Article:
IndiaMarriage is not a license to unleash terrorism within: Karnataka High Court

Marriage is not a license to unleash terrorism within: Karnataka High Court


New Delhi: The Karnataka High Court on Monday passed a landmark judgment on rape of a husband after marriage. The court ruled that marriage was not a license to unleash the terror of man, and that marriage did not give man the upper hand. The court was hearing a petition filed by a young woman alleging harassment by her husband after marriage.

The woman alleged that her husband kept her as a sex slave and tortured her. “My position is that marriage should not be about giving men special powers and licensing them to unleash inner terror. The man responsible for the abuse should be punished, even if he is the husband.” The court clarified.

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“Cruel sexual assault by a husband without the consent of the wife cannot be considered rape, but it should be called so. This type of sexual assault has serious repercussions on the wife’s mental state. Such acts by husbands can hurt the wives’ minds. The court clarified in the judgment.

The court also ruled that the old notion that husbands should rule their wives should be changed. The court ruled that such an understanding was incorrect.

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Although many women have come forward with complaints of abuse from their husbands, marital rape is still not legally punishable in India. For years, women’s rights activists and others have been calling for recruitment. The court ruled that marital rape was not a crime and that it was up to the legislature to decide. The Karnataka High Court said that the court was only considering the fact that the wife had been abused by her husband.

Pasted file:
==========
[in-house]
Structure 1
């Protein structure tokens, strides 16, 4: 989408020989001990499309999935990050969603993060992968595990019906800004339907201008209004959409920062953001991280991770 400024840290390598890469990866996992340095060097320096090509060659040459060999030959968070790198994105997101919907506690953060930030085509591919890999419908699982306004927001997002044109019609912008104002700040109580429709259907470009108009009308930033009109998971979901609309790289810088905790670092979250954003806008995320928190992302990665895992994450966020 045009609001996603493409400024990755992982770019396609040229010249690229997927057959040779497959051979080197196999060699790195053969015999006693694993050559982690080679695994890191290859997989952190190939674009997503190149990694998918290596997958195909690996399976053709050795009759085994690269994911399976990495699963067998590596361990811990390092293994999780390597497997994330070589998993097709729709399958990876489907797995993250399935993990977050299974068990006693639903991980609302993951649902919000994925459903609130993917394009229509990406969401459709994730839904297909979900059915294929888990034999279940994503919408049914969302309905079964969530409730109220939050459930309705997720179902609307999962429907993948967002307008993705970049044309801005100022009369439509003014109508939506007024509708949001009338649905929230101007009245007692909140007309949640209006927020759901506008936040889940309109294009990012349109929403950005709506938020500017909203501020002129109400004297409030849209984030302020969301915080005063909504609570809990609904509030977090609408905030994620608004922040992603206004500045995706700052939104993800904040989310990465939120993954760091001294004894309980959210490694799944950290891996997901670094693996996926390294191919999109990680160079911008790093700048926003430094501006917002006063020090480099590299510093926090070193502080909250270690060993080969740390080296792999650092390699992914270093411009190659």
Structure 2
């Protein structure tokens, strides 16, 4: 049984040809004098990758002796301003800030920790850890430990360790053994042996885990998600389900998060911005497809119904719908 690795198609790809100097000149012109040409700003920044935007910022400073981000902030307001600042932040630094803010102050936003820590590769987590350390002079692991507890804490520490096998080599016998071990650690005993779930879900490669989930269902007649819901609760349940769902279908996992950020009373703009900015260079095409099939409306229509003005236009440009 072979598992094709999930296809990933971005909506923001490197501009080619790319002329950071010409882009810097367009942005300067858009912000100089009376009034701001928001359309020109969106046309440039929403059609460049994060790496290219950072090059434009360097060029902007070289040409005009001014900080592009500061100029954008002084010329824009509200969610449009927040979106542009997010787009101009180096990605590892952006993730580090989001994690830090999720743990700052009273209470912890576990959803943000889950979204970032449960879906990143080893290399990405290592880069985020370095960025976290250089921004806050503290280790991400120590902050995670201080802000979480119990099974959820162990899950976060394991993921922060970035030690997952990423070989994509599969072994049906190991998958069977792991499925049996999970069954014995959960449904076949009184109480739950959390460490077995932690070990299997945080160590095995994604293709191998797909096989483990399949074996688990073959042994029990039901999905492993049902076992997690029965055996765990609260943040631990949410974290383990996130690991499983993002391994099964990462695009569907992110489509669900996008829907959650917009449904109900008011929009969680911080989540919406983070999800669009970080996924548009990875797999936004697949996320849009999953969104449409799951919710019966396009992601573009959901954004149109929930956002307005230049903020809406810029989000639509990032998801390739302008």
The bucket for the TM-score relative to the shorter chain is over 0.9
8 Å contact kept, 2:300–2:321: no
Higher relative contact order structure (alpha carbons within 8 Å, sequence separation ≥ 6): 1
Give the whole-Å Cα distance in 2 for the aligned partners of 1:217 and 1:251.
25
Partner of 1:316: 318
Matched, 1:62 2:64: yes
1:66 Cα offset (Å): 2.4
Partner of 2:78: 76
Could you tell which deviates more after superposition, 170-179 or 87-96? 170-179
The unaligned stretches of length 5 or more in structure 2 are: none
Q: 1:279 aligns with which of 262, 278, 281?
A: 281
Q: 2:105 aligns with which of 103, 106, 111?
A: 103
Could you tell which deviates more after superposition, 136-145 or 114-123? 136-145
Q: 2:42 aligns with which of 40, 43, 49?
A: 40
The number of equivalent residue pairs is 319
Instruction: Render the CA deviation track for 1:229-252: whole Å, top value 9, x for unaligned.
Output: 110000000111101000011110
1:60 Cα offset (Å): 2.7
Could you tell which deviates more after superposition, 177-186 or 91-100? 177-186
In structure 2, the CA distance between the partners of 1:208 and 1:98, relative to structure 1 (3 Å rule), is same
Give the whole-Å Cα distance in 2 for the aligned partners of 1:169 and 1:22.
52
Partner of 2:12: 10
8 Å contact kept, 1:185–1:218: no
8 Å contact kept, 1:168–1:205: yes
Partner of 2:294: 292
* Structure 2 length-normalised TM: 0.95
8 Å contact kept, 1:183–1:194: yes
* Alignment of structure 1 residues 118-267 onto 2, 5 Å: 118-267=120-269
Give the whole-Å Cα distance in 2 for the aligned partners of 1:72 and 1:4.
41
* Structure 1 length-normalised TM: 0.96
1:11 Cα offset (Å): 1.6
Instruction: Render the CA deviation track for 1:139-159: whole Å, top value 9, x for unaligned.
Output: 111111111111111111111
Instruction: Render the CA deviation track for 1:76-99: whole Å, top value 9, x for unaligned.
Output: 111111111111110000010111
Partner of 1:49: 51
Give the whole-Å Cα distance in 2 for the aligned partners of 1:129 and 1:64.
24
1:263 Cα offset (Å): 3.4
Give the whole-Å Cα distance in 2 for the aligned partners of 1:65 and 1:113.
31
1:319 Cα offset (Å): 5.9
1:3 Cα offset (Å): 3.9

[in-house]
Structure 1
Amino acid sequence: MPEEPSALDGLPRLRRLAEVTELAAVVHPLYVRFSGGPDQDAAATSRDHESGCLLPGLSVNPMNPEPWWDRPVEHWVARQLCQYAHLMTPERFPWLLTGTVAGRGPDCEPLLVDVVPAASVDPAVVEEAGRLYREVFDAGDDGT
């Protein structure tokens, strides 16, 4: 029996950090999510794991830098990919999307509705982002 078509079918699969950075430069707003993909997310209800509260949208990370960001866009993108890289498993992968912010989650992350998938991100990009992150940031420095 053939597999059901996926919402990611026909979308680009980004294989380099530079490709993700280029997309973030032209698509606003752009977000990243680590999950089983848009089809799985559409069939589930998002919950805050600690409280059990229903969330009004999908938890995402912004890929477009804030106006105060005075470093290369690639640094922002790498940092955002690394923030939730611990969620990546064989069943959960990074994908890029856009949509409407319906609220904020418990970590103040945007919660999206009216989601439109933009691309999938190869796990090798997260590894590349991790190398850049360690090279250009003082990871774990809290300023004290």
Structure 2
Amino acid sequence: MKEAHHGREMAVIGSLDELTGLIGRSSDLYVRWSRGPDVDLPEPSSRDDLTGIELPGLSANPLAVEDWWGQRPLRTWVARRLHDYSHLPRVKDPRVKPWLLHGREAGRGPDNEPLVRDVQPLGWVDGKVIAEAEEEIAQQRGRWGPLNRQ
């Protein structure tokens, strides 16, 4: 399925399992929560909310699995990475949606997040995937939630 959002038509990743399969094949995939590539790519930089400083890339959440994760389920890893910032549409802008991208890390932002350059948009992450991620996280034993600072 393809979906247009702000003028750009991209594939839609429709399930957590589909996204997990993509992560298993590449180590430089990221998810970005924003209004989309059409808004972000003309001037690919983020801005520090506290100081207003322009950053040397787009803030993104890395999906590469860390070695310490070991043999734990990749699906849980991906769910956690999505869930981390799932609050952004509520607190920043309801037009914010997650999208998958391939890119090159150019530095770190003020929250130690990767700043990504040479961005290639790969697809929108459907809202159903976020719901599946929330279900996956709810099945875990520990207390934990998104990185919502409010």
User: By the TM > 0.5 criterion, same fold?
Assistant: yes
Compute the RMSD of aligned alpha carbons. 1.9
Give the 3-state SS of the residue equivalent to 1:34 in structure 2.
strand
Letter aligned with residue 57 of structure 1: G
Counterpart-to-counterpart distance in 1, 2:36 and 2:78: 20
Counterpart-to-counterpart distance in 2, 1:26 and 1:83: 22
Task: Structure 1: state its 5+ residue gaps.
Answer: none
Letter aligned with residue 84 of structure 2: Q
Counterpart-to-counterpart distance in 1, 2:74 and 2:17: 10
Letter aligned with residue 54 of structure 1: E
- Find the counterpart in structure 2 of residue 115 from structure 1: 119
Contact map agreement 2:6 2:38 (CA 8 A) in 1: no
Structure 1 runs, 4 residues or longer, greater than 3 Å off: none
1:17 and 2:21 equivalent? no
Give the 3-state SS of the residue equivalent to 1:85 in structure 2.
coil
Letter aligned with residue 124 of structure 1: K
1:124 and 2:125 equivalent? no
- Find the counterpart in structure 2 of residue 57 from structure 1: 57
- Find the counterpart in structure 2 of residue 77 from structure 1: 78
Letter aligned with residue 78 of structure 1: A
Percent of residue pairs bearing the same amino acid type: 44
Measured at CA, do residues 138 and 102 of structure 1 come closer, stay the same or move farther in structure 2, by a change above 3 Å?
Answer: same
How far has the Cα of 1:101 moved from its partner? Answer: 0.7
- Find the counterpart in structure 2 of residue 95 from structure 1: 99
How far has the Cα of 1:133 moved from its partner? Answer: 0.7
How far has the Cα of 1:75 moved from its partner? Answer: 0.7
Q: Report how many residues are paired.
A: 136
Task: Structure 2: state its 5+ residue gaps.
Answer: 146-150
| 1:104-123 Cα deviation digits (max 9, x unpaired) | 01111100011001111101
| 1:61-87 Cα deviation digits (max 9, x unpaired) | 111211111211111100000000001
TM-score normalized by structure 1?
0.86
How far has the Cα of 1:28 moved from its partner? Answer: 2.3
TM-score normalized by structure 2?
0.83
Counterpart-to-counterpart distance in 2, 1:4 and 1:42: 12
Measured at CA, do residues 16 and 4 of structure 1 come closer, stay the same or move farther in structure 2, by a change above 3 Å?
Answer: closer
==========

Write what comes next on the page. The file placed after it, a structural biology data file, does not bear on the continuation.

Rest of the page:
The victim approached the court to show that her husband had kept her as a sex slave after marriage. The woman said her husband was not behaving humanely and was forcing her to unnatural torture even in front of her daughter. The court ruled that it was a legal inequality and a violation of the Constitution for a man to be acquitted of rape simply because he was a husband. The court said lawmakers should take action against such inequalities in law.

The court ruled that the policy of treating the wife’s position as subordinate to the husband was reactionary and against equality. For this reason, in many countries, rape of a mate after marriage is punishable, the court said. The court ruled that rape by a husband was punishable by law in 50 U.S. states and three Australian states, including Canada, Israel, France, Sweden, Denmark, Norway, the Soviet Union, Poland and Czechoslovakia.

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